- The Washington Times - Monday, June 25, 2012


An opinion column by Rep. Ileana Ros-Lehtinen, Florida Republican, about Cyprus (“Time for Turkey to leave Cyprus in peace,” Commentary, June 18) ignores that at the heart of the decades-long conflict on the Island is the well-demonstrated reluctance of Greek Cypriots to acknowledge the equal and inherent rights of Turkish Cypriots as co-owners and co-founders of the Partnership State established in 1960.

In late 1963, Greek Cypriots violated the partnership agreement and forcibly hijacked the binational republic to make it a solely Greek Cypriot administration. They drove Turkish Cypriots out of all state institutions and from the island. Between December 1963 and February 1964, thousands of Turkish Cypriots were killed or wounded by their Greek neighbors, more than 100 Turkish Cypriot villages were destroyed, and nearly 75 percent of Turkish Cypriots became refugees in their own country.

A decade later, a military junta in Greece attempted to overthrow the Greek Cypriot government and annex the island. In full compliance with the founding treaties of the Republic of Cyprus, Turkey intervened, saving Turkish Cypriots from annihilation and bringing peace and stability to the island.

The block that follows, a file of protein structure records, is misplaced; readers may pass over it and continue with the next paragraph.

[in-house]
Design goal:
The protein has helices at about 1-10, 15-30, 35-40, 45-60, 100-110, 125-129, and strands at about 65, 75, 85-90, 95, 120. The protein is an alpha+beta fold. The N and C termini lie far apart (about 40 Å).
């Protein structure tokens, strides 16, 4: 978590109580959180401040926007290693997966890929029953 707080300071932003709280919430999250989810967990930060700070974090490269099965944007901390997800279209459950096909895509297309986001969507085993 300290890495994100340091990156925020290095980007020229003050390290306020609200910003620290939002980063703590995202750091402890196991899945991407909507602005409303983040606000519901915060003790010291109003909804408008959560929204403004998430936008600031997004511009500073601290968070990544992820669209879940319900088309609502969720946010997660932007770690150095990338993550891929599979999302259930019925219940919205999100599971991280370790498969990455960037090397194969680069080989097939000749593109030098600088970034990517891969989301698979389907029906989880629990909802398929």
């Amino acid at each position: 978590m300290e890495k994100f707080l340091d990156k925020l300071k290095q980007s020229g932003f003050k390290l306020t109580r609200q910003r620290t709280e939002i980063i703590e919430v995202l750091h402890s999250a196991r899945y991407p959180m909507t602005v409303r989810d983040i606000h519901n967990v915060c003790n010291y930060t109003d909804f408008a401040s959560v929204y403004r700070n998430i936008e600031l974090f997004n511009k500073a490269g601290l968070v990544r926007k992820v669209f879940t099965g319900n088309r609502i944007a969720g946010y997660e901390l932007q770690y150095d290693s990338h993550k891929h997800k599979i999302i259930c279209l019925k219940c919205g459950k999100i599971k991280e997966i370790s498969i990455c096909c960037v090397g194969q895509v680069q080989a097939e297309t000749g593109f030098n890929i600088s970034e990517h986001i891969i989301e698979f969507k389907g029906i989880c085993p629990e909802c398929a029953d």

After years of futile attempts to end the conflict, both sides of the island voted in a 2004 referendum on the U.N. Comprehensive Settlement Plan (or Annan Plan), which the United States, Britain, U.N. and European Union supported as the best opportunity in a long time to bring about a solution. Turkish Cypriots voted overwhelming for the plan, even as it called on them to make difficult compromises. Greek Cypriots just as resoundingly rejected it. Ironically, Greek Cypriots were subsequently awarded with EU membership, which gave them a stronger political platform to block and evade a settlement at every turn.

The even bigger irony is that a resolution of the longstanding disagreement over Cyprus is entirely achievable, as long as the parties on both sides of the island and the international community dedicate themselves to active engagement and equal justice for all the inhabitants. Turkish Cypriots have demonstrated many times their commitment to such a resolution. What’s missing is a partner willing to do the same.


Ambassador, Republic of Turkey


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